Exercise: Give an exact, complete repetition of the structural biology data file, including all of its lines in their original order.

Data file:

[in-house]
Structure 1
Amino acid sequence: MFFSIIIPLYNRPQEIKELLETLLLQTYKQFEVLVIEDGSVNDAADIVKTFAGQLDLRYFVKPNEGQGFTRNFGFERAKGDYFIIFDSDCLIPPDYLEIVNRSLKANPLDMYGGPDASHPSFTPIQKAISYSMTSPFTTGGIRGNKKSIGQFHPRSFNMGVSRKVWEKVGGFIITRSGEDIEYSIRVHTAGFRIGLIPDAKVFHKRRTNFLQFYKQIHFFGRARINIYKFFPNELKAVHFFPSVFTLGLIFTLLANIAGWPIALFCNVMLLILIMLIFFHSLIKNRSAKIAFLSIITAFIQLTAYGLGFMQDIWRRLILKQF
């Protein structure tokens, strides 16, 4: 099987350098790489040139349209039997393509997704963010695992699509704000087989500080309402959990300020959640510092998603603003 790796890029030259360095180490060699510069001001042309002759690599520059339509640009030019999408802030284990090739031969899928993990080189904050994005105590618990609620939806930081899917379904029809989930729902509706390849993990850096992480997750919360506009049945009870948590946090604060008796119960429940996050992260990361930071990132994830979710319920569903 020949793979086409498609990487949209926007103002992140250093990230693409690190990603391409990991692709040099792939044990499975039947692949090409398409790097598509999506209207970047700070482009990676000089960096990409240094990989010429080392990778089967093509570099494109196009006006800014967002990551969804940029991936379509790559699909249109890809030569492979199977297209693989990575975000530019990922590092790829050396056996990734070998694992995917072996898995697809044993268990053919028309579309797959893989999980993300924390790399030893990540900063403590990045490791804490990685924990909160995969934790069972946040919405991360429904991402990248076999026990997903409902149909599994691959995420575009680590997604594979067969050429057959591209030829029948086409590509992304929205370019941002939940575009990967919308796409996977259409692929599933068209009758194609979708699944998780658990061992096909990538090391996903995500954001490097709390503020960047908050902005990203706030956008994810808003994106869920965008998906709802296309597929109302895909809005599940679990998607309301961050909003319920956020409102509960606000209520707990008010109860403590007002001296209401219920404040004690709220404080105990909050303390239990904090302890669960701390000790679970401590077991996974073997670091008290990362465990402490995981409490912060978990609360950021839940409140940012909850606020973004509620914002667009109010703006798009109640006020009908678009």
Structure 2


[in-house]
Structure 1
Amino acid sequence: MFFSIIIPLYNRPQEIKELLETLLLQTYKQFEVLVIEDGSVNDAADIVKTFAGQLDLRYFVKPNEGQGFTRNFGFERAKGDYFIIFDSDCLIPPDYLEIVNRSLKANPLDMYGGPDASHPSFTPIQKAISYSMTSPFTTGGIRGNKKSIGQFHPRSFNMGVSRKVWEKVGGFIITRSGEDIEYSIRVHTAGFRIGLIPDAKVFHKRRTNFLQFYKQIHFFGRARINIYKFFPNELKAVHFFPSVFTLGLIFTLLANIAGWPIALFCNVMLLILIMLIFFHSLIKNRSAKIAFLSIITAFIQLTAYGLGFMQDIWRRLILKQF
């Protein structure tokens, strides 16, 4: 099987350098790489040139349209039997393509997704963010695992699509704000087989500080309402959990300020959640510092998603603003 790796890029030259360095180490060699510069001001042309002759690599520059339509640009030019999408802030284990090739031969899928993990080189904050994005105590618990609620939806930081899917379904029809989930729902509706390849993990850096992480997750919360506009049945009870948590946090604060008796119960429940996050992260990361930071990132994830979710319920569903 020949793979086409498609990487949209926007103002992140250093990230693409690190990603391409990991692709040099792939044990499975039947692949090409398409790097598509999506209207970047700070482009990676000089960096990409240094990989010429080392990778089967093509570099494109196009006006800014967002990551969804940029991936379509790559699909249109890809030569492979199977297209693989990575975000530019990922590092790829050396056996990734070998694992995917072996898995697809044993268990053919028309579309797959893989999980993300924390790399030893990540900063403590990045490791804490990685924990909160995969934790069972946040919405991360429904991402990248076999026990997903409902149909599994691959995420575009680590997604594979067969050429057959591209030829029948086409590509992304929205370019941002939940575009990967919308796409996977259409692929599933068209009758194609979708699944998780658990061992096909990538090391996903995500954001490097709390503020960047908050902005990203706030956008994810808003994106869920965008998906709802296309597929109302895909809005599940679990998607309301961050909003319920956020409102509960606000209520707990008010109860403590007002001296209401219920404040004690709220404080105990909050303390239990904090302890669960701390000790679970401590077991996974073997670091008290990362465990402490995981409490912060978990609360950021839940409140940012909850606020973004509620914002667009109010703006798009109640006020009908678009």
Structure 2